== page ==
How will any four-year-old, set on this path which is trumpeted to millions of Daily Mail readers worldwide, ever be able to step off it? Why is it that “transition” is the only area where preschool children are apparently capable of making decisions that will impact on the rest of their lives? 

I wish for all children the ability to grow up from childhood they don’t have to recover from. It is far better to help and support children as they grow than try and fix a broken and traumatised adult. I accept that there are children who are “gender dysphoric” and they may realise this at a very young age. PB and CSH may well be the best treatment for them—certainly some adults claim benefits. But before adopting this as a treatment path for any child, but there has to be a much clearer evidence base, including examination of those adults who detransistioned, before we can claim any confidence in this treatment method. The numbers of such children will be very low indeed. Genuine "gender dysphoria" is rare—but confusion and distress for children growing up, sadly much more common. Effective support and treatment for this are highly unlikely to involve suppression of puberty or a double mastectomy. The majority of children who express gender non conforming views but who are left to experience puberty, then desist from any further desire to “change sex”—between 73% and 88% of children.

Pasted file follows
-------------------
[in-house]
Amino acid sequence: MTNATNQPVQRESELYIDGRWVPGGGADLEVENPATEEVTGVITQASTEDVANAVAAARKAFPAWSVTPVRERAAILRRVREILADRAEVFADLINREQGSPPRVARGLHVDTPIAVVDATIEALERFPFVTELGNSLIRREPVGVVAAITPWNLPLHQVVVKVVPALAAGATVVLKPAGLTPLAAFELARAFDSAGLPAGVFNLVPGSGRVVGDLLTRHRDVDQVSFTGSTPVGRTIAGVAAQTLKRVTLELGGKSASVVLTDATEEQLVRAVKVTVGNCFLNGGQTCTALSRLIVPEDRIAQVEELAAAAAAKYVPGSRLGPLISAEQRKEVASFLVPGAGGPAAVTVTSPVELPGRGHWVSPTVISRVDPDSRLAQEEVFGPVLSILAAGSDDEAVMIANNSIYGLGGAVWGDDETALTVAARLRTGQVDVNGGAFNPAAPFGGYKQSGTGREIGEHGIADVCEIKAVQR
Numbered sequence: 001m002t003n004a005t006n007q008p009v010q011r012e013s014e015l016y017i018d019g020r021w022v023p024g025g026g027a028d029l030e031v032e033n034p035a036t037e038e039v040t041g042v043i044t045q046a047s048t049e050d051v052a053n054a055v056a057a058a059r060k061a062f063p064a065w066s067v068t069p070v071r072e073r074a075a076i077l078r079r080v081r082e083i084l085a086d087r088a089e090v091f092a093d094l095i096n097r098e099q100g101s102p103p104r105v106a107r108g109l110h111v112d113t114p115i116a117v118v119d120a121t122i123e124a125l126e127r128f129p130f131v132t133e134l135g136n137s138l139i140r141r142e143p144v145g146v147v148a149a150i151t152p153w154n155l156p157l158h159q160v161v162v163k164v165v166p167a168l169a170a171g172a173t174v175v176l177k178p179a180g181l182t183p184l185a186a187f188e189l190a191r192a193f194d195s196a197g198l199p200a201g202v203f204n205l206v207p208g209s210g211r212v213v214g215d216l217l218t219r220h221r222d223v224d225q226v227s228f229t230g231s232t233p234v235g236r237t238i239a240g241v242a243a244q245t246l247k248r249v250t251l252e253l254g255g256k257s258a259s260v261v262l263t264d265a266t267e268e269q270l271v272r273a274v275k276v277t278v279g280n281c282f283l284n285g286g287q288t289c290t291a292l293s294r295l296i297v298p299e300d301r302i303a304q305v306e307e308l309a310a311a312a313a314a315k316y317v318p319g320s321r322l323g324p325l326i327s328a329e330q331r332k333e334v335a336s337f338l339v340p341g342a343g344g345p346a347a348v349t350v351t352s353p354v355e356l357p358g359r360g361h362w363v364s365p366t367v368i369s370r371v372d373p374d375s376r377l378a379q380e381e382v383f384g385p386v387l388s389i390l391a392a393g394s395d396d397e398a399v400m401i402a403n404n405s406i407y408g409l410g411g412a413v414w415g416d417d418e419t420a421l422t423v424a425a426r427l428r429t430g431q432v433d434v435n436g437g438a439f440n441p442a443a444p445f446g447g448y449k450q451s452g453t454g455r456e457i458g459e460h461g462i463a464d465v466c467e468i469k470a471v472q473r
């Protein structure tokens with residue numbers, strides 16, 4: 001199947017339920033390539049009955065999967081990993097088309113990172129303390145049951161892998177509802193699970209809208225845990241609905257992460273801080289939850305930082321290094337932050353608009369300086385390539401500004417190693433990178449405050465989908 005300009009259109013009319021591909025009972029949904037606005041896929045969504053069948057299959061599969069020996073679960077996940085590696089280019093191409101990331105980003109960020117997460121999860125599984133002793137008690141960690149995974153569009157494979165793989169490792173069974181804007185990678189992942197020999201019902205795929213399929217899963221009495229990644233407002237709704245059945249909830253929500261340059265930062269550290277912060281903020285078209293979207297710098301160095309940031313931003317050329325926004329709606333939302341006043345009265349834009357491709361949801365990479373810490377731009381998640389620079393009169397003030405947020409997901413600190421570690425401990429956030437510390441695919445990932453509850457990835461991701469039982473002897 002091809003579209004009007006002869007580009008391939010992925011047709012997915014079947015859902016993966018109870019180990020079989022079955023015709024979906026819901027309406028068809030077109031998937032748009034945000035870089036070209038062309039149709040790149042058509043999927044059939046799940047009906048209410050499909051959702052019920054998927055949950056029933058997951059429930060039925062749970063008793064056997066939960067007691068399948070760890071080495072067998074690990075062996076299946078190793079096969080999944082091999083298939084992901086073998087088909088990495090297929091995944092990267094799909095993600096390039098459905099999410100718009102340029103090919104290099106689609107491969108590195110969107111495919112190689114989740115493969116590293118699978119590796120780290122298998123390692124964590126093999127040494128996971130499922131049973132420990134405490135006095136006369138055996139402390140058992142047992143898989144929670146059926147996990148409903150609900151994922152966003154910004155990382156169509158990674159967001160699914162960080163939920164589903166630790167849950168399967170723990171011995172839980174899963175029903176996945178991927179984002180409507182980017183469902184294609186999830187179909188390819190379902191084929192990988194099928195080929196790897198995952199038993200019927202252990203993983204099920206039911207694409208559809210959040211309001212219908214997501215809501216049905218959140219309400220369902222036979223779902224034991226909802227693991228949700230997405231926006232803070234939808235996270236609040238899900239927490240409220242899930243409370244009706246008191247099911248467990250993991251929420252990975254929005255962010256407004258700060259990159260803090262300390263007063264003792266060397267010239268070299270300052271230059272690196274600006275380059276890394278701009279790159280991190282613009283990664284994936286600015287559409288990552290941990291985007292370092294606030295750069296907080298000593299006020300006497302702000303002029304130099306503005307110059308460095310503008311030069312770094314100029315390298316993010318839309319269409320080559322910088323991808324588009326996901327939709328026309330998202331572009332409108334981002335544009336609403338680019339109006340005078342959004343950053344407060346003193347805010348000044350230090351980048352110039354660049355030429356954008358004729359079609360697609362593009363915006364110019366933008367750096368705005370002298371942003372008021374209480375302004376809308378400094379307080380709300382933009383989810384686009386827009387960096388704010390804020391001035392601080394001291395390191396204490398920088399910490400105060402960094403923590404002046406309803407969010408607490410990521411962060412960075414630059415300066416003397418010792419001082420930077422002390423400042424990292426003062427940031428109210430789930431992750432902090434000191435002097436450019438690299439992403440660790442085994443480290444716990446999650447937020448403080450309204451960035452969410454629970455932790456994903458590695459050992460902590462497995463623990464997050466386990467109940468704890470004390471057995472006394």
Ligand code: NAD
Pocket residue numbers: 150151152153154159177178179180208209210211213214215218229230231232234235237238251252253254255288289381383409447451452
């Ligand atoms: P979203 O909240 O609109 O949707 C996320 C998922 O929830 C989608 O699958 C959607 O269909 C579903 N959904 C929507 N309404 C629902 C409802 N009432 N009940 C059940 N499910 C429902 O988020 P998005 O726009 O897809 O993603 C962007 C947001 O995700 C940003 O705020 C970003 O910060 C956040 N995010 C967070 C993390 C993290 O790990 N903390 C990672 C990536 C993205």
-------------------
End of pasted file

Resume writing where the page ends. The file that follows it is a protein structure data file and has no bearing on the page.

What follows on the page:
As the judgment in Bell makes clear, the evidence to suggest that medical transition for children is a ‘good thing’ just isn’t there. And unless and until that evidence is there, it is a manifestation of a harmful arrogance to insist that a very young child who expresses a wish to “change sex” is necessarily revealing an “authentic self” and that this “authenticity” requires lifelong medication and surgery to affirm it. It is alarming to note that Professor Shelia Jeffreys was writing about this in 2012 and yet it took another 8 years for the UK courts to be alerted.

That some parents engage in uncritical support of childhood transition is bad enough—I hope very much that the courts will stand firm against it, unless and until the evidence is clear that this is something that promotes the welfare of children.